Separated by eight time zones, but only four days, Sarah Mitton and her Canadian teammates barely had time to do laundry and repack between the world track and field championships and the Commonwealth Games.

Mitton, who captured gold in women's shot put at the Games in Birmingham, England, was surprised by the physical and emotional toll of competing in two big events back-to-back.

"It's funny, I thought it was going to be easier than it was," said the 26-year-old from Brooklyn, N.S. "I was like 'Yeah, two championships , that's two opportunities.' But worlds takes more out of you than you expect, so I'm glad that was first."

The world track and field championships in Eugene, Ore., were pushed back a year to make room for last summer's delayed Tokyo Olympics.

It was a similar story in swimming, with the world championships postponed nearly a year to this past May in Budapest.

The knock-on effect was consecutive international events for many of Canada's top summer sport athletes.

For Mitton, the Commonwealth title came on the heels of a heartbreaking fourth-place finish at worlds, which came down to a tie-breaking countback for bronze. In between the two events, she contracted COVID-19 for the second time in eight months, causing some anxious moments about travel to the UK from western Oregon.

Several big names passed on competing in Birmingham, including swimmer Penny Oleksiak and sprinters Andre De Grasse and Aaron Brown.

Lucia Stafford, who was 11th in the women's 1,500 metres last week, pointed out that in a span of 365 days she'd raced at the Olympics, both the world indoor and outdoor championships and the Commonwealth Games.

"If you're having a good year, momentum can really carry you through, but when you throw in COVID, there's all these extra hurdles, so to have to compete back-to-back, it's really, really tough," Stafford said. "I've had a bit of a tough year so my mentality has just been to be a sponge and soak everything up as much as I can. It's tough to mentally bounce back. But you know what? Everyone's in the same boat."

The Games wrapped up on Monday with the closing ceremony, and numerous athletes undoubtedly planned to follow the lead of Canada's beach volleyball champions Sarah Pavan and Melissa Humana-Paredes, who planned to celebrate their victory on Sunday with pizza and beer.

"It's definitely made for a very long season," said Para swimmer Katarina Roxon, who raced at the Commonwealth Games a few weeks after winning bronze at the world championships. "And it definitely tests how mentally tough you are to go from competition back to training while everyone's going on vacation, enjoying themselves, having their downtime, but you have to still train and get ready for another competition."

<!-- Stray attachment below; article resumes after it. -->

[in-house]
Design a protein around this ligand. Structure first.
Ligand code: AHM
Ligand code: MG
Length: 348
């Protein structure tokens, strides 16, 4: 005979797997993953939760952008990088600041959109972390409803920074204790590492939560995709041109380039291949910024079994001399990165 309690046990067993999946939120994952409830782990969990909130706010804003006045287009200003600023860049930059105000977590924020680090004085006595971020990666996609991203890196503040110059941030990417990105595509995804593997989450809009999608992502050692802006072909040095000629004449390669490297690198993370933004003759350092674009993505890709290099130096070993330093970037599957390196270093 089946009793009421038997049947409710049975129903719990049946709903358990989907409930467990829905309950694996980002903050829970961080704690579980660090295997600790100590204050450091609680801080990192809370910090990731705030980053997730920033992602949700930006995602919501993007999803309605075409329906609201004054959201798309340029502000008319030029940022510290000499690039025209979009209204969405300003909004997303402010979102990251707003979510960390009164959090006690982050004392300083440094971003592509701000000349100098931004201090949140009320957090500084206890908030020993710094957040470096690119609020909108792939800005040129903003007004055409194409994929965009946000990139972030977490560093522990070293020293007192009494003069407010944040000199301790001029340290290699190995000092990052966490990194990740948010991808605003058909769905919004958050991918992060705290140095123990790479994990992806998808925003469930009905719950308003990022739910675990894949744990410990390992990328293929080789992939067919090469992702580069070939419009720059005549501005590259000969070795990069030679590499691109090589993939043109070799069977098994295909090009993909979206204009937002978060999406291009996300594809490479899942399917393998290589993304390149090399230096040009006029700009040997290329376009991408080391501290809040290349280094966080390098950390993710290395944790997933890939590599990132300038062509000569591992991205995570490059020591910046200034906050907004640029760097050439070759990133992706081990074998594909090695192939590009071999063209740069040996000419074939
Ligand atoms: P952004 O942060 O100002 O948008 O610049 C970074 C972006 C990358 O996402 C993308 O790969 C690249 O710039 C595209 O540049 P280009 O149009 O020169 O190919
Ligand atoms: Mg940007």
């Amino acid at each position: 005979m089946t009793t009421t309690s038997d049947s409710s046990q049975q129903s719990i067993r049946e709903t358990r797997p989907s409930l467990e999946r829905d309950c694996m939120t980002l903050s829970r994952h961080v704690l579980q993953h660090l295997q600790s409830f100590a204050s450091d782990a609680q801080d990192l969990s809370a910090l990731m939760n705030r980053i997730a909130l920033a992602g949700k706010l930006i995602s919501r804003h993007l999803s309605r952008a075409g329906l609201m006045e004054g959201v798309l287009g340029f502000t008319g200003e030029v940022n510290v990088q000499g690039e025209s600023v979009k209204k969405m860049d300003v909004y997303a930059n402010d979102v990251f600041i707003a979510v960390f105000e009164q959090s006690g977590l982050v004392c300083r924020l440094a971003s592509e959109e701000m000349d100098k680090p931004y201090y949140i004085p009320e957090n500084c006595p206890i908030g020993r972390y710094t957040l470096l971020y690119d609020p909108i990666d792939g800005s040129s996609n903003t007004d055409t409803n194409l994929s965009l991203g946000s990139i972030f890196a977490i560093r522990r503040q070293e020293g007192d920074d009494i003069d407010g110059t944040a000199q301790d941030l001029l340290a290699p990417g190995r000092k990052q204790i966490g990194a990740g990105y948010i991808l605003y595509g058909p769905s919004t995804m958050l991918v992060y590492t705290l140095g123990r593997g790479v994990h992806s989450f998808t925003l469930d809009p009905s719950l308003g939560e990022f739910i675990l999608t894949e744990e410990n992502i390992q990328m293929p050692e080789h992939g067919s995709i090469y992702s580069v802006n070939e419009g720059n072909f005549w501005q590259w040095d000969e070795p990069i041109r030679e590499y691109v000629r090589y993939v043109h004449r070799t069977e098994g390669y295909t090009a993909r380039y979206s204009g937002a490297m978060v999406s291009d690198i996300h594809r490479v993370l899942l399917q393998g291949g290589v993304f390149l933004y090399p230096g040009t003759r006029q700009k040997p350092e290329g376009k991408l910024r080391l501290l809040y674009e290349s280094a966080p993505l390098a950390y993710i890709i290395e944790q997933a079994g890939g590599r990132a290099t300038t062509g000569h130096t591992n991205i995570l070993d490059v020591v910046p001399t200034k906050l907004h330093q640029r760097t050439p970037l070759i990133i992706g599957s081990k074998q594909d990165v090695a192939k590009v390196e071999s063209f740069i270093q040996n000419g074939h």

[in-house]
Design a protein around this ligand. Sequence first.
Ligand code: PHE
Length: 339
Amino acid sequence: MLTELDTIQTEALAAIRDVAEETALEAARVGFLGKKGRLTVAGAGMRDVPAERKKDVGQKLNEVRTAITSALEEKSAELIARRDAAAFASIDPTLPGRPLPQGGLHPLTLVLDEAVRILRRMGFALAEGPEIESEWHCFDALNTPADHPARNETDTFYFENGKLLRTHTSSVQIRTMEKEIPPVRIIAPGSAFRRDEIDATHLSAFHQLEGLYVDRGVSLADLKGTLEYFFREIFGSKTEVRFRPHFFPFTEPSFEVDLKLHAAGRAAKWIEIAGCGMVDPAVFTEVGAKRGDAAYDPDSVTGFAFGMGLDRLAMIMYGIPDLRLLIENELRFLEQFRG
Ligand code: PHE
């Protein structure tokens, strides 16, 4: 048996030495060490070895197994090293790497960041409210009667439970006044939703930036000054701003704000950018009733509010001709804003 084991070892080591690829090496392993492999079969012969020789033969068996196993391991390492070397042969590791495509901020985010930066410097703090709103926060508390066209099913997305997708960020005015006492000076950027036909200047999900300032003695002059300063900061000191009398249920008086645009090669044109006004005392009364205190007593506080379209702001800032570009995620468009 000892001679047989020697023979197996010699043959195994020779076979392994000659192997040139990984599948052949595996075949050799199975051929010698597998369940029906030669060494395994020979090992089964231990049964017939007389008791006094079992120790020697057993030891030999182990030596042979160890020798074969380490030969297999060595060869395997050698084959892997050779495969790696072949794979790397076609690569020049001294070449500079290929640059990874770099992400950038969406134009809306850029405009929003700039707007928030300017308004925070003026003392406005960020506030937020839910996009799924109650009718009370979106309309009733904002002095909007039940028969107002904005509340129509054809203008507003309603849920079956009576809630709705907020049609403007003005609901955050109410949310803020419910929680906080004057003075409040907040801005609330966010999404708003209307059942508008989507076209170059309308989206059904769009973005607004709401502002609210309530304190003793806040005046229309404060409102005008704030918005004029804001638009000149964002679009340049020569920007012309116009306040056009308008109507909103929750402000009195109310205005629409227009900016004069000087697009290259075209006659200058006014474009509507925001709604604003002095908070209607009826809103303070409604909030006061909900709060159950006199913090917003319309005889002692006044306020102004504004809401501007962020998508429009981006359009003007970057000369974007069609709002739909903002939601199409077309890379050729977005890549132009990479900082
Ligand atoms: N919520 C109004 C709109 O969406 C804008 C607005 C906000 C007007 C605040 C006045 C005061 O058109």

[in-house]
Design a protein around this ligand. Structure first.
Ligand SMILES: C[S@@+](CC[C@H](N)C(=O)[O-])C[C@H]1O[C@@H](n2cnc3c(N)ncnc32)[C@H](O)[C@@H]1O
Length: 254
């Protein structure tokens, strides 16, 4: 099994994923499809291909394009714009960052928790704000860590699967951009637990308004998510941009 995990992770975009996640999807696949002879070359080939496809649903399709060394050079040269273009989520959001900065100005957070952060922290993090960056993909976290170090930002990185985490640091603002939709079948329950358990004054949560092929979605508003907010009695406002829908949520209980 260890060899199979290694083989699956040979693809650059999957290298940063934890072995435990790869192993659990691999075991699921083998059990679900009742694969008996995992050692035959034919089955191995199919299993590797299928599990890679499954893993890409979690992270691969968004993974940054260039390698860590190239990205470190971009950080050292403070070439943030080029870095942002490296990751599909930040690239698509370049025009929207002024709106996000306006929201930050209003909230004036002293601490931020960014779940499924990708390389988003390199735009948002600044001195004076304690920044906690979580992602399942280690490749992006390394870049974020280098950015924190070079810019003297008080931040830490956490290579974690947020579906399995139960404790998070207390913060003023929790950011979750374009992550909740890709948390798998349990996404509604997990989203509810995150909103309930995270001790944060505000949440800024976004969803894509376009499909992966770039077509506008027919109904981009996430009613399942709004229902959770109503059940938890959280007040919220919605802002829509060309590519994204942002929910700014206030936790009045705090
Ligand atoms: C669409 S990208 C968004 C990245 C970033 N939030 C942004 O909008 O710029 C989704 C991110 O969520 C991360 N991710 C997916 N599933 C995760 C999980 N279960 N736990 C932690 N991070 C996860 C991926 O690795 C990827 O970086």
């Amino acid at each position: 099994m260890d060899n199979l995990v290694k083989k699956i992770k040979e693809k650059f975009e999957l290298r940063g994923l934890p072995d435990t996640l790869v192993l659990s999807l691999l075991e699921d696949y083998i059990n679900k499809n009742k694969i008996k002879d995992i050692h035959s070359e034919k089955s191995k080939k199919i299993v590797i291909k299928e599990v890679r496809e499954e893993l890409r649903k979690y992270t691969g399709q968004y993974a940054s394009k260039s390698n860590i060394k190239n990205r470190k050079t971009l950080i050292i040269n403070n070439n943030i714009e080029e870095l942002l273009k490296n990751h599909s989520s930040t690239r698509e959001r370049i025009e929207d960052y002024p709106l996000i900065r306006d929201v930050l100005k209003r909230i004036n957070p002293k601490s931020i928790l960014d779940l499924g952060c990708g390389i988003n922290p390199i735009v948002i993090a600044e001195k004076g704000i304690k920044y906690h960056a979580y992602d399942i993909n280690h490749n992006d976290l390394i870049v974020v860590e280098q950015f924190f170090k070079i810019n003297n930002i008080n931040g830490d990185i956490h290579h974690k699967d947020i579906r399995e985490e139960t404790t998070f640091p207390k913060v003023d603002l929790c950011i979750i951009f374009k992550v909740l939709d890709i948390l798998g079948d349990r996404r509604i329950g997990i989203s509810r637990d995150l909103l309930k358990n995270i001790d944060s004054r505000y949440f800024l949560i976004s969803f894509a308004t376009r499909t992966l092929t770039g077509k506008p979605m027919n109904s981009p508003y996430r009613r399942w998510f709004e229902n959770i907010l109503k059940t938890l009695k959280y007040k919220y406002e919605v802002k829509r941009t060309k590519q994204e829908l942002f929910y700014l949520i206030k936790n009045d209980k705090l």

On the plus side, the integration of able-bodied and Para athletes at the Commonwealth Games made stretching out her season by a few more weeks well worth it.

"I loved being on this team. This is my fourth Commonwealth Games, and I think this is the best that we've meshed together and how the able-bodied (swimmers) are cheering for us. We are one full team, united like every single day. . . it was a pretty great experience."

Josh Liendo had a breakout world championships, swimming to three medals. The 19-year-old rode that momentum to another four medals at the Games, including gold in the 100-metre butterfly.

The rising star from Toronto said there was plenty to learn from his busy summer.

"I definitely could have done a little bit better job. I'm not going to lie, I am feeling it a little bit this meet, I definitely am a little sore," Liendo said. "I definitely have some stuff to learn in terms of the preparation and bouncing back into another meet."

Para swimming star Aurelie Rivard climbed the medal podium several times between the Para world swimming championships in Portugal, the world aquatic championships days later, and then the Games.

"It was hard to keep the motivation as high (at the Games) as world championship, so I had to find something different in order to be able to motivate myself every day, different goals than performance at all costs," said Rivard, who won silver in the 200 I.M. in Birmingham.

"So, especially at my age now (26), after my 12th, 13th summer in a row, I'm trying to like enjoy the process of a lot more, enjoy the experience, not always look for the gold. I'm trying to appreciate what I have, appreciate the experience as well. And I know that we don't have Commonwealth Games often, and just tried to really just have fun with it."

The COVID-condensed few years will continue to impact athletes. Normally held every two years, there's another world track and field championships next summer in Budapest, plus a world indoor championships in the winter.

For the first time ever, the world aquatic championships in June kicked off four in four years.

There's also the 2023 Pan American Games in Santiago, Chile, and of course the 2024 Paris Olympics.